This talk explores the gender history of modern Korea from a transnational perspective. The basic premise is that national histories are inherently transnational due to the dynamic flow of ideas, images, discourses, material cultures, and people across national boundaries. It is that transnational flow that has triggered new gender norms, reformed domestic practices, fostered a sense of locality in contrast to global features, and helped women claim new space in the public sphere.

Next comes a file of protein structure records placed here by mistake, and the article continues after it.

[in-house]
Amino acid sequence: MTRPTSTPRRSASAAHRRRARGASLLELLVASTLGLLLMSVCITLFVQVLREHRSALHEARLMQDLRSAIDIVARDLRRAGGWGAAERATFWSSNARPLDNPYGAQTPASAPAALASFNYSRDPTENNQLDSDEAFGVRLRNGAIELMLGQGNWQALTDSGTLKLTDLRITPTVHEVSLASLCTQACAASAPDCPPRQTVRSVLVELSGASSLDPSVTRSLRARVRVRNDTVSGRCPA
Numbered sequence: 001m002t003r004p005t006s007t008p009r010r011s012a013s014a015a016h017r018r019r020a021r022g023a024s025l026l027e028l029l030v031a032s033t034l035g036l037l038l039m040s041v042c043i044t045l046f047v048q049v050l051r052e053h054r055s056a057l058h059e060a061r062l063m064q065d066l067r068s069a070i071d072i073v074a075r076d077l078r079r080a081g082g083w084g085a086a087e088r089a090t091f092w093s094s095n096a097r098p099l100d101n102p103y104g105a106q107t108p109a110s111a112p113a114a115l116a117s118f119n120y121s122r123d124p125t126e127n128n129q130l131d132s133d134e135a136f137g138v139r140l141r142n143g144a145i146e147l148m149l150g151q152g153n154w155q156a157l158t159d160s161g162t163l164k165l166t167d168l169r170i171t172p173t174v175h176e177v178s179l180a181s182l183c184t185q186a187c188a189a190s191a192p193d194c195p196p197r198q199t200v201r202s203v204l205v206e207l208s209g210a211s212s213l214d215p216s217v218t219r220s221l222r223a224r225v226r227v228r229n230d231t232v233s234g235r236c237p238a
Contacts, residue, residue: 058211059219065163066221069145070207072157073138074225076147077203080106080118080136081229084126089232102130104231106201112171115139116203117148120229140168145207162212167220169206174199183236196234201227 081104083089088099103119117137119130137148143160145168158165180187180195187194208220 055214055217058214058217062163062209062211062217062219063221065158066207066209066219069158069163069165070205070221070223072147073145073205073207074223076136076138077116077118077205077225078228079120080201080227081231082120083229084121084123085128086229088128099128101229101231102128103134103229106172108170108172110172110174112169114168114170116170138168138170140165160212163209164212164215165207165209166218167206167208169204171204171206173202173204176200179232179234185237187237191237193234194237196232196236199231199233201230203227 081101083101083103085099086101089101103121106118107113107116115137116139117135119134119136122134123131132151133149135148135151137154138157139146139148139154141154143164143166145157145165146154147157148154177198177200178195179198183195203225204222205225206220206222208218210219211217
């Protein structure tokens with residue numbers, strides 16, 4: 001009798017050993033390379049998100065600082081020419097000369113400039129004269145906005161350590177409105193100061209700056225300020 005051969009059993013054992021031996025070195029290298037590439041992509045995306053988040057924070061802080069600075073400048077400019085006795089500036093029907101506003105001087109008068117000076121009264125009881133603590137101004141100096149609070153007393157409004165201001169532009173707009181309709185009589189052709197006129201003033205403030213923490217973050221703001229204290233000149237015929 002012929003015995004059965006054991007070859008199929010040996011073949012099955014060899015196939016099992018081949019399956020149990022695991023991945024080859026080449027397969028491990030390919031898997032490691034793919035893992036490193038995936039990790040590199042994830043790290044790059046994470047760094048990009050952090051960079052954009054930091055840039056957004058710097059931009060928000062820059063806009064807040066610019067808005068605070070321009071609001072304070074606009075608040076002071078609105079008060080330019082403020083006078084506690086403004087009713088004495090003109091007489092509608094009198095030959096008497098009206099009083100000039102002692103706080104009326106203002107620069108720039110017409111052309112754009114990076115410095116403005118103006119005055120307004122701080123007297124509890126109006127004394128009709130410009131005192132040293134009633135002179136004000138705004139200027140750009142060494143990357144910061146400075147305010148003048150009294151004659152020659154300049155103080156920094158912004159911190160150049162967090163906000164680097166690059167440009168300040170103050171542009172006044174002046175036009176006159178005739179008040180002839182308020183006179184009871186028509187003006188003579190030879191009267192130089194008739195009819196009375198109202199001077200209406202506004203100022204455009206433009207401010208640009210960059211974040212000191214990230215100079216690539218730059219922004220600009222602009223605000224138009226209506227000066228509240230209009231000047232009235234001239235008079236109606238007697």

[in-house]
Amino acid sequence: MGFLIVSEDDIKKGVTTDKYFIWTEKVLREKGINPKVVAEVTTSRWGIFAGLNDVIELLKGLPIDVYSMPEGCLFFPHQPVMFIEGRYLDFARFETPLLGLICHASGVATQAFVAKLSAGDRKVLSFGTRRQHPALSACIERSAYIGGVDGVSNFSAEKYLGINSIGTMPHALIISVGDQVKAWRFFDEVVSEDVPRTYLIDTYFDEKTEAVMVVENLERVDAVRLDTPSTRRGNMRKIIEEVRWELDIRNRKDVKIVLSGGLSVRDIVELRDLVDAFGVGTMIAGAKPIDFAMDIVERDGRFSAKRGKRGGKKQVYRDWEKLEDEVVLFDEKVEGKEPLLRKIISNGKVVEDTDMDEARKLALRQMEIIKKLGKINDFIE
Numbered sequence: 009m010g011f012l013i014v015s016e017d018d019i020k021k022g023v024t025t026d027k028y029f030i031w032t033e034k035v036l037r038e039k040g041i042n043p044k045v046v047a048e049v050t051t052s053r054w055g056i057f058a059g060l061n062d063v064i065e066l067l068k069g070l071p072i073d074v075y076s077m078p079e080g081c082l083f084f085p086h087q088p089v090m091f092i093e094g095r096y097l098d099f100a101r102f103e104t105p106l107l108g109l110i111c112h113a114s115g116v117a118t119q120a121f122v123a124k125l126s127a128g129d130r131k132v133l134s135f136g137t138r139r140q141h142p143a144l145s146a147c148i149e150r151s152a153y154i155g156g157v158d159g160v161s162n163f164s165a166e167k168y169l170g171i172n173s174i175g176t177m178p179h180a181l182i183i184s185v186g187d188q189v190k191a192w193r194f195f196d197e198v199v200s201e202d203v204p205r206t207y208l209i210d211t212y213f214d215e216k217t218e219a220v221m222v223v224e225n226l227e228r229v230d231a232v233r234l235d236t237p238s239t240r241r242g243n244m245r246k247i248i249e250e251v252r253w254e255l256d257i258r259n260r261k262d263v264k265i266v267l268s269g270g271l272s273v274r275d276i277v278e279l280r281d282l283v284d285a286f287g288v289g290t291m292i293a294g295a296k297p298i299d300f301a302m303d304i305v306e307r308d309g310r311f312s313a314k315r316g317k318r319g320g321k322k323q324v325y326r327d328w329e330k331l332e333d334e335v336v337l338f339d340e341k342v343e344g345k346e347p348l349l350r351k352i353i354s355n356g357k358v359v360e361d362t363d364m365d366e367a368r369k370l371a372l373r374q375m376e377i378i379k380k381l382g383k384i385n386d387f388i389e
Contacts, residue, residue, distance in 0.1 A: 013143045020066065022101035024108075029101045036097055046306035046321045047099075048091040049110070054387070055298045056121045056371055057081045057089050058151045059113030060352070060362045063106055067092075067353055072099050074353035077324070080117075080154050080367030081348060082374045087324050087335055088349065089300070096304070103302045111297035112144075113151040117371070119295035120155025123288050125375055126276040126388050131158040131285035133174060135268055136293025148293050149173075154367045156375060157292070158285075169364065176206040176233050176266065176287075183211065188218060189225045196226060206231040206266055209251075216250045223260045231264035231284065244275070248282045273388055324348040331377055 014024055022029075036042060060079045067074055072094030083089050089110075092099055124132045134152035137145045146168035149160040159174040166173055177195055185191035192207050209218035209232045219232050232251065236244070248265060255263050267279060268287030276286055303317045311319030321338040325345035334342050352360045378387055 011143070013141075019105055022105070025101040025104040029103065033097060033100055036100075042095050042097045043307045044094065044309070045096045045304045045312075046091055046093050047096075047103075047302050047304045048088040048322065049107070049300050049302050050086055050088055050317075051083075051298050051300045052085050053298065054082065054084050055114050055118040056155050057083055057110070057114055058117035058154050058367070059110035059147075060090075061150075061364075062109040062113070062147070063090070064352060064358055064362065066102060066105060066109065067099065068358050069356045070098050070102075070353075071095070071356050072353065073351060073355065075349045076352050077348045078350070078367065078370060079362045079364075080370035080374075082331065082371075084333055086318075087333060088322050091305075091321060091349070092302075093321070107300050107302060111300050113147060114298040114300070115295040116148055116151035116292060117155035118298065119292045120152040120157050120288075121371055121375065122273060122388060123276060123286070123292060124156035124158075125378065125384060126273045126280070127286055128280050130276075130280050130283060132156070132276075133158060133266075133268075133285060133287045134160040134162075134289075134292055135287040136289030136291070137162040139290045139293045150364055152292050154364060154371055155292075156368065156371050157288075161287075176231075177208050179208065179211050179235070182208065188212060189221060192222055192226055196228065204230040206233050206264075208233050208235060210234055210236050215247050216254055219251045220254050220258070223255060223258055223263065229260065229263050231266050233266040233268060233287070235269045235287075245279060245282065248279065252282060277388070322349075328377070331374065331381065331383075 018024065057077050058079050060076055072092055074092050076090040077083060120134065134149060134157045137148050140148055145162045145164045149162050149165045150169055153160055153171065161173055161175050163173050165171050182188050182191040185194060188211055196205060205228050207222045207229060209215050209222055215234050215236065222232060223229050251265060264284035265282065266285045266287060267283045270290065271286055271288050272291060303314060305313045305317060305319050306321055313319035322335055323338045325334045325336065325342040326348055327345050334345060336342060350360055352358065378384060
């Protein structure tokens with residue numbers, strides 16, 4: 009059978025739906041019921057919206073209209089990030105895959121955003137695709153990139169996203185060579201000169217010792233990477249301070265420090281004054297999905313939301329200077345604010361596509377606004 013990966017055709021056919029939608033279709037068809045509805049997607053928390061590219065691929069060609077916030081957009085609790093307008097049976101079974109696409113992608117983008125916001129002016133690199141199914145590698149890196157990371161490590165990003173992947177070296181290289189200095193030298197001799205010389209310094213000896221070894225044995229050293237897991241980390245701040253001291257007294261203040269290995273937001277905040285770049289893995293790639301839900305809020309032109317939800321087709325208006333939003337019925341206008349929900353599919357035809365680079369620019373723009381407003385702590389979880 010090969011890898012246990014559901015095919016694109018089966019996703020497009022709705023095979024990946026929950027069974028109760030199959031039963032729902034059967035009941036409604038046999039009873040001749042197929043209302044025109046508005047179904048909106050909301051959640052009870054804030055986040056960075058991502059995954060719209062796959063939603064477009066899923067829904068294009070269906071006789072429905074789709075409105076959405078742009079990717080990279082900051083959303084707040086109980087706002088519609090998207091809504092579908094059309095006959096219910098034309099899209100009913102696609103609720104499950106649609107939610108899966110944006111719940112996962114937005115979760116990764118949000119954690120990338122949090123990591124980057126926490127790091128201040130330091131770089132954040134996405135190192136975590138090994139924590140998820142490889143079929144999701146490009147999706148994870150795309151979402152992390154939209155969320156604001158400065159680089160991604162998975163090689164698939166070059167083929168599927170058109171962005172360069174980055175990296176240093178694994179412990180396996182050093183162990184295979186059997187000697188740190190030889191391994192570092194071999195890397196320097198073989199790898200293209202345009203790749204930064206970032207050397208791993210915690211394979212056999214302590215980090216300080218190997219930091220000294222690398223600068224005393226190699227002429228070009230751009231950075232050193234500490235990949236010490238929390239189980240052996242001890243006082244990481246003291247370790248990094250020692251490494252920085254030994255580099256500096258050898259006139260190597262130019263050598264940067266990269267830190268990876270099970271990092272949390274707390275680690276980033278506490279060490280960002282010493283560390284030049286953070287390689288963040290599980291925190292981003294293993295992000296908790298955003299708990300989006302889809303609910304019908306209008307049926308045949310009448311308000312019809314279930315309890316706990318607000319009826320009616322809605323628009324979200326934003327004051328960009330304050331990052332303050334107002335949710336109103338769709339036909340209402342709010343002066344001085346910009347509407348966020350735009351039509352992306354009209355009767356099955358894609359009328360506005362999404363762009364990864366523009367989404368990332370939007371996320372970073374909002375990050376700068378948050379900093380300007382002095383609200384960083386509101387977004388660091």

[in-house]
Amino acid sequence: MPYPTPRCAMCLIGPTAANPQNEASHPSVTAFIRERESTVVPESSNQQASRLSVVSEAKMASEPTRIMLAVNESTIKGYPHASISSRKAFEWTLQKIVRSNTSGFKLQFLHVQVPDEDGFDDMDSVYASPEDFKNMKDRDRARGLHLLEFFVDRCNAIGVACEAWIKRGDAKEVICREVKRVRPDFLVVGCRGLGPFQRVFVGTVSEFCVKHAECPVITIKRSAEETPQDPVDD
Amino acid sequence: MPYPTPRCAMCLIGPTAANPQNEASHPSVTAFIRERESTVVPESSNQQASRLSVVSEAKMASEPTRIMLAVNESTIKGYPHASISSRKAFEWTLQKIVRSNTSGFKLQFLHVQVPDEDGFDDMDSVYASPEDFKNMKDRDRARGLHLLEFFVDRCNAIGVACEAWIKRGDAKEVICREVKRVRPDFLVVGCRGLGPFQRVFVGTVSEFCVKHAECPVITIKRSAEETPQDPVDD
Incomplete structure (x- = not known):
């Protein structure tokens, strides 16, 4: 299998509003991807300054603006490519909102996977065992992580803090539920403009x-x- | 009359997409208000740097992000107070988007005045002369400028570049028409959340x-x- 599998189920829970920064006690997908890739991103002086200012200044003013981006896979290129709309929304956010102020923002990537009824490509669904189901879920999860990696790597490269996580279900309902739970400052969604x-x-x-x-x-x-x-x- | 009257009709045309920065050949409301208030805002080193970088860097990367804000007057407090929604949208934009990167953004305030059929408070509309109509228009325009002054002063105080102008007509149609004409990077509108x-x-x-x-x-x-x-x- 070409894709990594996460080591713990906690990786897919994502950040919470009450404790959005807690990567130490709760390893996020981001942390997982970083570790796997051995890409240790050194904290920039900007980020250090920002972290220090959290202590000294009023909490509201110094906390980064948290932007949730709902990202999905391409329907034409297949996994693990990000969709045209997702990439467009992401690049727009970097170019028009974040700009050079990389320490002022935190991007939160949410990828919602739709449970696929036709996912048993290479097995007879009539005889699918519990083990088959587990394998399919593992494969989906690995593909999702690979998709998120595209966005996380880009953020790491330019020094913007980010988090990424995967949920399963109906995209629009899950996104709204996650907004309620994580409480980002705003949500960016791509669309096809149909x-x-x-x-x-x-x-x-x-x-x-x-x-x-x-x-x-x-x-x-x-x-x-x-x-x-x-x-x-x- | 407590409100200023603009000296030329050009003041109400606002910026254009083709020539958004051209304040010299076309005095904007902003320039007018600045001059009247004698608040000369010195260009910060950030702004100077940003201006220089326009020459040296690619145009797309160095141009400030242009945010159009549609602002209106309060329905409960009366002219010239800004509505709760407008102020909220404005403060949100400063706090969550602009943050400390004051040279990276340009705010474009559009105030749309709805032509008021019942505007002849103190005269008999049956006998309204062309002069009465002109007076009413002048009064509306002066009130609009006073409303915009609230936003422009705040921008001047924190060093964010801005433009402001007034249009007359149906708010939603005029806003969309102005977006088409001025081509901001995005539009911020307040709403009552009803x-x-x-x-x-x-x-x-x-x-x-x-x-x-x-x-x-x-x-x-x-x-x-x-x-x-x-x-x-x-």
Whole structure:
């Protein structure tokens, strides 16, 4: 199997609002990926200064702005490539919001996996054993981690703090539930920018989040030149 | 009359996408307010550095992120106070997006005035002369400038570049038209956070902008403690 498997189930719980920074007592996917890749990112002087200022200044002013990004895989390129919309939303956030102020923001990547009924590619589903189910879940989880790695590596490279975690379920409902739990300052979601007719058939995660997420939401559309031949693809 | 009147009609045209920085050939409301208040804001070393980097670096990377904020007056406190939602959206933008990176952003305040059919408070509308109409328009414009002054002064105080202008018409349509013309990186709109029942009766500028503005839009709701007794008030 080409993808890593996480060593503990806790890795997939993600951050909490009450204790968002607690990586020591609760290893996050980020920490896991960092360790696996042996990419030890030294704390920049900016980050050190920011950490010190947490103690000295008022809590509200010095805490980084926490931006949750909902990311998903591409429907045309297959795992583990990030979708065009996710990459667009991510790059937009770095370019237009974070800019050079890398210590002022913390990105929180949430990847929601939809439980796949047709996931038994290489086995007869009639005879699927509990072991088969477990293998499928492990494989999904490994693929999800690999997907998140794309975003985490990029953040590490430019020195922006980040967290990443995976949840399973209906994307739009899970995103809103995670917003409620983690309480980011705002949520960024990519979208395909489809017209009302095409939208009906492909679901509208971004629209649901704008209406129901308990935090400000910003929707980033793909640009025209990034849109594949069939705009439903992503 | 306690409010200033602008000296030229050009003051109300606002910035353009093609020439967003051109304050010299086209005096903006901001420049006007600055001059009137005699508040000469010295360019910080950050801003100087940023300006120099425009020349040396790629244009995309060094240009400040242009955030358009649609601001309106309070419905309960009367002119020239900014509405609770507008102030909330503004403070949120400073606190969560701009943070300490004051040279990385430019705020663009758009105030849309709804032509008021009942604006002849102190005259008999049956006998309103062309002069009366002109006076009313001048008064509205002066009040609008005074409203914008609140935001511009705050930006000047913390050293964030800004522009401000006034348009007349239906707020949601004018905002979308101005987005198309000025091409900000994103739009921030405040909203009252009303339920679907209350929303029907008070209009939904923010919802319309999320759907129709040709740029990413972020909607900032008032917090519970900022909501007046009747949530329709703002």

As a way to illustrate the transnational nature of modern womanhood in Korea, the talk specifically discusses the life politics of domesticity, which shows the dynamic interplay between the intimate and the structural, between the domestic and the public, and between the local and the global. It concludes with a brief contemplation of the future directions of everyday gender politics in the current age of excess, inequality, and ecological crises.